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Stopping Acts of Aggression Against the Pornsaad Christian Minority and Allow Them the Religious Freedom to Assemble

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TO: Ambassador-at-Large for International Religious Freedom: Suzan Johnson COOK, Office of International Religious Freedom, Under Secretary for Democracy and Global Affairs , Bureau of Democracy, Human Rights, and Labor, U.S. Department of State, 2201 C Street NW, Washington, DC 20520. Telephone: 202-647-4000

Ambassador: H.E. Mr. Alounkeo KITTIKHOUN, Permanent Mission of the Lao People's Democratic Republic to the United Nations, 317 East 51st Street, New York, NY 10022, United States of America. Telephone: (212) 832-2734, 832-0095, Fax: (212) 750-0039, Email:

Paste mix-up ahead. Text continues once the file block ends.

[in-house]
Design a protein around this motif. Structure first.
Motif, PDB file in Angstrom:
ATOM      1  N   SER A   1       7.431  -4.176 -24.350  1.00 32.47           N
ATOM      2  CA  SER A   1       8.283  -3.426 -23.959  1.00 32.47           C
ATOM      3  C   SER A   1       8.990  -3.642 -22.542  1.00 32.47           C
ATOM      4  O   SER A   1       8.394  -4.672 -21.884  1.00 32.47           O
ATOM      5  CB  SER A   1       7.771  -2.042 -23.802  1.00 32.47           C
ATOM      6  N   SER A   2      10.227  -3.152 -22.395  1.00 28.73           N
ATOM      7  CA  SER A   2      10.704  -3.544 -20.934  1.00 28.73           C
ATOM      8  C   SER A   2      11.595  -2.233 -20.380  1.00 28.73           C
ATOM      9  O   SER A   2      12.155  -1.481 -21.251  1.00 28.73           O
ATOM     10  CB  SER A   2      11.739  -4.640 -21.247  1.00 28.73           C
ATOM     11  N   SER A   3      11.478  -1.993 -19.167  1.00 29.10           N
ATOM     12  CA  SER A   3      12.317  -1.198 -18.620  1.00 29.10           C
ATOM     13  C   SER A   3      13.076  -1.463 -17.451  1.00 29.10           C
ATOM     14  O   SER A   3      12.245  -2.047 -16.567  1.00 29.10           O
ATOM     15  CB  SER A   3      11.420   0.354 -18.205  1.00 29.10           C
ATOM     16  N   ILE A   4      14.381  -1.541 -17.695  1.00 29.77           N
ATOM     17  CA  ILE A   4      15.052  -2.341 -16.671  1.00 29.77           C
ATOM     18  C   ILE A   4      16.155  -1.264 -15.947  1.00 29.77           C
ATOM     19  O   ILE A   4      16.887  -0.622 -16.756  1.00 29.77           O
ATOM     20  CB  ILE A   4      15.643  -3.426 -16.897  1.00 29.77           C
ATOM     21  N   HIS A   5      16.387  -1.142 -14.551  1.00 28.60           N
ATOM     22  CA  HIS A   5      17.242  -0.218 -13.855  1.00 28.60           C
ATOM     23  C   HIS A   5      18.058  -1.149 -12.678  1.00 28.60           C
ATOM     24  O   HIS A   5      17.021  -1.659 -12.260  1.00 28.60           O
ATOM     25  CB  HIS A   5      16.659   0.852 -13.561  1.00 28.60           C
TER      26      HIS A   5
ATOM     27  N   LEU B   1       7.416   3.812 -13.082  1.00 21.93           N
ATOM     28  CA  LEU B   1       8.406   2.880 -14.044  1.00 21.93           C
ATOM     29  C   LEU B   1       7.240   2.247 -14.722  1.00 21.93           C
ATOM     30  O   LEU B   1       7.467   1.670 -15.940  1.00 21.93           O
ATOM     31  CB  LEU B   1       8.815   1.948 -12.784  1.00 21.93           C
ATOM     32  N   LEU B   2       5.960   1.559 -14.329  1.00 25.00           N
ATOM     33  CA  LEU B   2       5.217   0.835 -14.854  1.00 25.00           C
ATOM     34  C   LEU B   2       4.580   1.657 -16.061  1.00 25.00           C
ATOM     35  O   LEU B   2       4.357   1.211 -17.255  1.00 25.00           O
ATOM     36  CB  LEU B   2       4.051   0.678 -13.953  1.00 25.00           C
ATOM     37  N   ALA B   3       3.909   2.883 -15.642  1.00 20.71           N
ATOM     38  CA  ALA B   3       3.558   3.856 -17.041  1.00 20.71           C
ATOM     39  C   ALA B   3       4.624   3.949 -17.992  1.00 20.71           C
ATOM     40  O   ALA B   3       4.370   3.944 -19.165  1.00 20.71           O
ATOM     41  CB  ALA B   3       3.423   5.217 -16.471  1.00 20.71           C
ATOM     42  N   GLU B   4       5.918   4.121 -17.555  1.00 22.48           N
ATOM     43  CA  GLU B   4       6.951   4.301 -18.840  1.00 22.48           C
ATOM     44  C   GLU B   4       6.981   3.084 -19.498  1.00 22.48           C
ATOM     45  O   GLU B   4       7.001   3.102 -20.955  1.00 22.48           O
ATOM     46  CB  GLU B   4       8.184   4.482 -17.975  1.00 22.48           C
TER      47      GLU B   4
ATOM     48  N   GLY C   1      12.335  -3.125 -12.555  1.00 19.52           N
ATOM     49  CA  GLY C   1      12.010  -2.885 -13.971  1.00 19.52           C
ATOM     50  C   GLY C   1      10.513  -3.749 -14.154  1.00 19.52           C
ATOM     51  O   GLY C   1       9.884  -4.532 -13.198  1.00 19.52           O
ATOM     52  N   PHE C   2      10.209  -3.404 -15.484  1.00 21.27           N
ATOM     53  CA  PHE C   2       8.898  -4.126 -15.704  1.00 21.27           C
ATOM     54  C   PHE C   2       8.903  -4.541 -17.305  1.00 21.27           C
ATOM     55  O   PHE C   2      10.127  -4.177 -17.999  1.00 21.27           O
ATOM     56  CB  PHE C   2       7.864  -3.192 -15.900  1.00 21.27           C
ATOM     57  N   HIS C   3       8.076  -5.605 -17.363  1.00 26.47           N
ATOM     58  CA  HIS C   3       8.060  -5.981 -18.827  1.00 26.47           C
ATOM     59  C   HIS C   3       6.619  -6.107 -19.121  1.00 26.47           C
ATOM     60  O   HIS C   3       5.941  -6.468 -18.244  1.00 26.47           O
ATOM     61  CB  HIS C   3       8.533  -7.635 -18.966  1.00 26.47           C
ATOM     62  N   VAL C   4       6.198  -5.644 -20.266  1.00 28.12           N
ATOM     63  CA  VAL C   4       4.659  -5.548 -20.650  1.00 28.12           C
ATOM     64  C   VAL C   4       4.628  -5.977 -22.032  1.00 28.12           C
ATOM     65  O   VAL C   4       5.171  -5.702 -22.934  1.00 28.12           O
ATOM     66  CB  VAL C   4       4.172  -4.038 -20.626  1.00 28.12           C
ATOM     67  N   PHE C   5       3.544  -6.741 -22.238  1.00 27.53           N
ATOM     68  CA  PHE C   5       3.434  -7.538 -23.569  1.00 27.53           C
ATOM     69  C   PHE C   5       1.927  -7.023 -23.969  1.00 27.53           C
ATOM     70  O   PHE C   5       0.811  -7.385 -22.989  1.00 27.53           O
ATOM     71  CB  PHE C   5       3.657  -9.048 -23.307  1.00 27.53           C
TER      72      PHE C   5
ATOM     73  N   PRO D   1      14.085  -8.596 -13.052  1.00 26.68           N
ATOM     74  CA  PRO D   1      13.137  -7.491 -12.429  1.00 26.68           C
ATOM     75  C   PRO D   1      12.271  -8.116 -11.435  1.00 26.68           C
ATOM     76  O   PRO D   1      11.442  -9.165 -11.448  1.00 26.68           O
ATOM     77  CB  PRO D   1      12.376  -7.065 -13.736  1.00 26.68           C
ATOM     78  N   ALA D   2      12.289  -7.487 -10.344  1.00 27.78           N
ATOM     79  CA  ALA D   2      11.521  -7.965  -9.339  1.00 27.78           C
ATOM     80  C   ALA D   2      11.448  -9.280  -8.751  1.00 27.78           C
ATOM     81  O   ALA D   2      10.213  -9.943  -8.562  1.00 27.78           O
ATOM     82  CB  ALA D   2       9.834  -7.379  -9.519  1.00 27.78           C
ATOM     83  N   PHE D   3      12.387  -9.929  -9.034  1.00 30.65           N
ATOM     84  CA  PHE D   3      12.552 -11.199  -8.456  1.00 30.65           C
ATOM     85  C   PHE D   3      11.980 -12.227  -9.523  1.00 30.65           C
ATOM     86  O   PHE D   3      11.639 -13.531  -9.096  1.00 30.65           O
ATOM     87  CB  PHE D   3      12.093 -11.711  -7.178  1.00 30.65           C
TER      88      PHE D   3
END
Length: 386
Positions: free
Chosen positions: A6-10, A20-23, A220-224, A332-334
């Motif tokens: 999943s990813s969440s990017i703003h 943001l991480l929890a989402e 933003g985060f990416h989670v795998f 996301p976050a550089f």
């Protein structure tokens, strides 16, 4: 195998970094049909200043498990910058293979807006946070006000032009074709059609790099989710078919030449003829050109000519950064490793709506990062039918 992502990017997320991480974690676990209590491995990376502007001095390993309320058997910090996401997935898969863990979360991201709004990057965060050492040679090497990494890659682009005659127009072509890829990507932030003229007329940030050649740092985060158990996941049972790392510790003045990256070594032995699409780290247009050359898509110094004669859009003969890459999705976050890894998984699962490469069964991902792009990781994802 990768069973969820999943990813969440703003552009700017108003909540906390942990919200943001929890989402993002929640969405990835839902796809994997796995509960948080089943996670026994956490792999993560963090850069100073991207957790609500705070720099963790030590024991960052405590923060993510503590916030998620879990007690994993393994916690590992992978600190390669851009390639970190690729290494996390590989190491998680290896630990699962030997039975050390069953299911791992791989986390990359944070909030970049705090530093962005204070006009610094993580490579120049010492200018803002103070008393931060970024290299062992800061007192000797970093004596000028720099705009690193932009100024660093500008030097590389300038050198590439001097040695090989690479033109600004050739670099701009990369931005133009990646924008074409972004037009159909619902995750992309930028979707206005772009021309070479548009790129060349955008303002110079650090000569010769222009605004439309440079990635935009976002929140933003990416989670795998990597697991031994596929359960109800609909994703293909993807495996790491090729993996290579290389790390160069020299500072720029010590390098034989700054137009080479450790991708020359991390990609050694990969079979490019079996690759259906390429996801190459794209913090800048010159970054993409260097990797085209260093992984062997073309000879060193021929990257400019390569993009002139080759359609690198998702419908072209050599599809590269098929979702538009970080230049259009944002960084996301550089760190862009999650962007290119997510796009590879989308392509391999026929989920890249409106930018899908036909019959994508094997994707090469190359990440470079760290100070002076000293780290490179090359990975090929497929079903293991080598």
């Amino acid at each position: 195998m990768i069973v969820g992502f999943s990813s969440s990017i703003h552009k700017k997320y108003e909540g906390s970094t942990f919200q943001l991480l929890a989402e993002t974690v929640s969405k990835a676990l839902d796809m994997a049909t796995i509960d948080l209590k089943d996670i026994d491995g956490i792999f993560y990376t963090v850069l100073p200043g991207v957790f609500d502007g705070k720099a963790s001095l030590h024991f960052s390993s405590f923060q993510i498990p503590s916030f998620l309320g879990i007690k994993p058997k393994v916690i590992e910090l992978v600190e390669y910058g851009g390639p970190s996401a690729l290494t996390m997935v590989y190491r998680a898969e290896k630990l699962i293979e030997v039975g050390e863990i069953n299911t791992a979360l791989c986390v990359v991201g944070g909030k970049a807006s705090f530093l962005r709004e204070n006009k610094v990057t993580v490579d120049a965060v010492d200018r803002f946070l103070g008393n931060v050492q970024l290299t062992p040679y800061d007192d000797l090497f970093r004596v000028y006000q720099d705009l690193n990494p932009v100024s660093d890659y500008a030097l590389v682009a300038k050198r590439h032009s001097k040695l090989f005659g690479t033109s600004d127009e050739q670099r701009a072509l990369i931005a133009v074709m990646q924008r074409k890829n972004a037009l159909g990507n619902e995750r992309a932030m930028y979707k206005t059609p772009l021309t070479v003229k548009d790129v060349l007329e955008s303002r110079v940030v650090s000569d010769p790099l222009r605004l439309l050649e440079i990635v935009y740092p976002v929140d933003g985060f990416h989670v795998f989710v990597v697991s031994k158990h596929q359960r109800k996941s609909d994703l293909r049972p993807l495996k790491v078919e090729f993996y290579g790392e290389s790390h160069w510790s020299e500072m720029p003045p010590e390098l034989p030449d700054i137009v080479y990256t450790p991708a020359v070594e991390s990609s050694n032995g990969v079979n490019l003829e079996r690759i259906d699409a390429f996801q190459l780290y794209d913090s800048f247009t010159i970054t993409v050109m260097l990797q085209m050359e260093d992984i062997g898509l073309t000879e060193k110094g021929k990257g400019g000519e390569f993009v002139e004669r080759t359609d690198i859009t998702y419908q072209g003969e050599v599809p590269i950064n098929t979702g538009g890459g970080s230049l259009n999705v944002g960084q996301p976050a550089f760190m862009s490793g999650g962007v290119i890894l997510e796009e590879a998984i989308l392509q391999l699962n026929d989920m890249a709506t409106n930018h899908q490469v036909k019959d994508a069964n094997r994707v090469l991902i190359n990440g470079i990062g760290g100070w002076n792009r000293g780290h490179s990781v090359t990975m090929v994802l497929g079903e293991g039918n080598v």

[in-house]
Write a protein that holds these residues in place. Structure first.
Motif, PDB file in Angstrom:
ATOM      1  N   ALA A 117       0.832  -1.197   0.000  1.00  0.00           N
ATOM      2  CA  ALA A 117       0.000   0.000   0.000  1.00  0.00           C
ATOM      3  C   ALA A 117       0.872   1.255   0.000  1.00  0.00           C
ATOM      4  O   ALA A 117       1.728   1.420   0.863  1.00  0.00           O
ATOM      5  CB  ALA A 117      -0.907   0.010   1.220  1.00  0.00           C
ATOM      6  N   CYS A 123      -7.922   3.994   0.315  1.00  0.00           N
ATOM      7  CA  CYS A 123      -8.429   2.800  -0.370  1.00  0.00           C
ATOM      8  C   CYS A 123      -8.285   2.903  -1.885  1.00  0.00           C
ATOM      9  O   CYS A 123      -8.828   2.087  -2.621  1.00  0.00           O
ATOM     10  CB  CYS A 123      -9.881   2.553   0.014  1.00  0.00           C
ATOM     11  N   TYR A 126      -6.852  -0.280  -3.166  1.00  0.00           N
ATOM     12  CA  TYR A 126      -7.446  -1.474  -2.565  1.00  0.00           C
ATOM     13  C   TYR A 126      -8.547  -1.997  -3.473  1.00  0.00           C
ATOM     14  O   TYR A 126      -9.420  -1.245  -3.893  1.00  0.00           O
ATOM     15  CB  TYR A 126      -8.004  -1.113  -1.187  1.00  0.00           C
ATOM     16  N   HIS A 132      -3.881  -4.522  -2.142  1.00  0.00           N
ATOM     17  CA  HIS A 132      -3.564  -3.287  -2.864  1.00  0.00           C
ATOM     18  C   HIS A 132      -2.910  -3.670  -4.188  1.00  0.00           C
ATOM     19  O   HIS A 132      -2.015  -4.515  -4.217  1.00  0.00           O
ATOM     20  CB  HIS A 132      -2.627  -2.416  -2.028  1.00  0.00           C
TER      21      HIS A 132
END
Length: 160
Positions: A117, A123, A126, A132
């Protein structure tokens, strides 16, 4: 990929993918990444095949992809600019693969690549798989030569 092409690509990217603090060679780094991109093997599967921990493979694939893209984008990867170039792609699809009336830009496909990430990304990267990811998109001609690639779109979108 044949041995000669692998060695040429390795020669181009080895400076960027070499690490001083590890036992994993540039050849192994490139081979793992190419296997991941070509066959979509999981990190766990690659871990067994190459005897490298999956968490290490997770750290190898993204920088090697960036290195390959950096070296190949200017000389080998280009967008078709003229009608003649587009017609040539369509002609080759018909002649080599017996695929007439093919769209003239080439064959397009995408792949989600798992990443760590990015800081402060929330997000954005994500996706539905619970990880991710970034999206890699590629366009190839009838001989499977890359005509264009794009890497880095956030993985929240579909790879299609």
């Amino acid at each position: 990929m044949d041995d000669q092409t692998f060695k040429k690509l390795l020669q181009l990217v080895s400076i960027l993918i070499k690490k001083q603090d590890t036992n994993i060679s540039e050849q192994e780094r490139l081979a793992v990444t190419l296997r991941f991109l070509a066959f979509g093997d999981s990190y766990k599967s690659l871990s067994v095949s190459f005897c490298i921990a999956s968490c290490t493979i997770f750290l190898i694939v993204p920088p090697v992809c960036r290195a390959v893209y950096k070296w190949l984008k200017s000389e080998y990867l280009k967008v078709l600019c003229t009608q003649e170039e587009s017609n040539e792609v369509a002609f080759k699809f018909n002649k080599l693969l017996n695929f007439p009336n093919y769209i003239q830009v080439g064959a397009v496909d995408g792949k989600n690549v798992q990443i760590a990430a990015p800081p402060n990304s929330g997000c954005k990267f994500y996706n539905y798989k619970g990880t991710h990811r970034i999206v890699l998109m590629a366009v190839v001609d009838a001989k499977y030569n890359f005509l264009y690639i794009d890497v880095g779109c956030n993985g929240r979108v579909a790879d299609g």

Ambassador: H.E. Mr. Seng SOUKHATHIVONG, Embassy: 2222 S Street NW, Washington, DC 20009. Telephone: (202) 332-6416, (202) 332-6416, 6417, Fax: (202) 332-4923, (202) 332-4923

Ambassador: Karen B. STEWART, 19 Rue Bartholonie, Vientiane Mailing address: B. P. 114, Vientiane; American Embassy, Box V, APO AP 96546. Telephone: [856] (21) 267000, 267089, 267160, Fax: [856] (21) 267190, 267160, Email:

Mr. Heiner Bielefeldt, U.N. Special Rapporteur of the Commission on Human Rights on freedom of religion or belief, Office of the High Commissioner for Human Rights, United Nations Office at Geneva, 8-14 avenue de la Paix, 1211 Geneva 10, Switzerland.  Telephone: [41] (22) 9179006, Fax: [41] (22) 9179006, E-mail:

Leonard A. Leo, Chair, United States Commission on International Religious Freedom, 800 N. Capitol Street, N.W., Suite 790, Washington, D.C. 20002, Phone: (202) 523-3240 (202) 523-3240, Fax: (202) 523-5020, Email: